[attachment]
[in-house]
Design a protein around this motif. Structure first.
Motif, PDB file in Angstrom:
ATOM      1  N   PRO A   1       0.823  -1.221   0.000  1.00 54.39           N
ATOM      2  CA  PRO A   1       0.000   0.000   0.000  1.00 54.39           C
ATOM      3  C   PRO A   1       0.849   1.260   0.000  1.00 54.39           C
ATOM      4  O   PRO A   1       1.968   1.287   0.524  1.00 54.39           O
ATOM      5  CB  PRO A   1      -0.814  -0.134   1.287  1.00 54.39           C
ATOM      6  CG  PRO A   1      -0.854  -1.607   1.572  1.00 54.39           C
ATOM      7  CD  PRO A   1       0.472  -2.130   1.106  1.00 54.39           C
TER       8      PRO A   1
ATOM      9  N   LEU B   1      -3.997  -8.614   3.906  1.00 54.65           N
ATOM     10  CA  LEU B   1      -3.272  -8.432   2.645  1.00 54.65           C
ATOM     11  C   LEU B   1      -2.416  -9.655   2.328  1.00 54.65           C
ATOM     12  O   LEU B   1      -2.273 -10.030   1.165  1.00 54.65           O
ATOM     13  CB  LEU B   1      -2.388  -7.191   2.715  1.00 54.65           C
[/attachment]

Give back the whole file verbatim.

[in-house]
Design a protein around this motif. Structure first.
Motif, PDB file in Angstrom:
ATOM      1  N   PRO A   1       0.823  -1.221   0.000  1.00 54.39           N
ATOM      2  CA  PRO A   1       0.000   0.000   0.000  1.00 54.39           C
ATOM      3  C   PRO A   1       0.849   1.260   0.000  1.00 54.39           C
ATOM      4  O   PRO A   1       1.968   1.287   0.524  1.00 54.39           O
ATOM      5  CB  PRO A   1      -0.814  -0.134   1.287  1.00 54.39           C
ATOM      6  CG  PRO A   1      -0.854  -1.607   1.572  1.00 54.39           C
ATOM      7  CD  PRO A   1       0.472  -2.130   1.106  1.00 54.39           C
TER       8      PRO A   1
ATOM      9  N   LEU B   1      -3.997  -8.614   3.906  1.00 54.65           N
ATOM     10  CA  LEU B   1      -3.272  -8.432   2.645  1.00 54.65           C
ATOM     11  C   LEU B   1      -2.416  -9.655   2.328  1.00 54.65           C
ATOM     12  O   LEU B   1      -2.273 -10.030   1.165  1.00 54.65           O
ATOM     13  CB  LEU B   1      -2.388  -7.191   2.715  1.00 54.65           C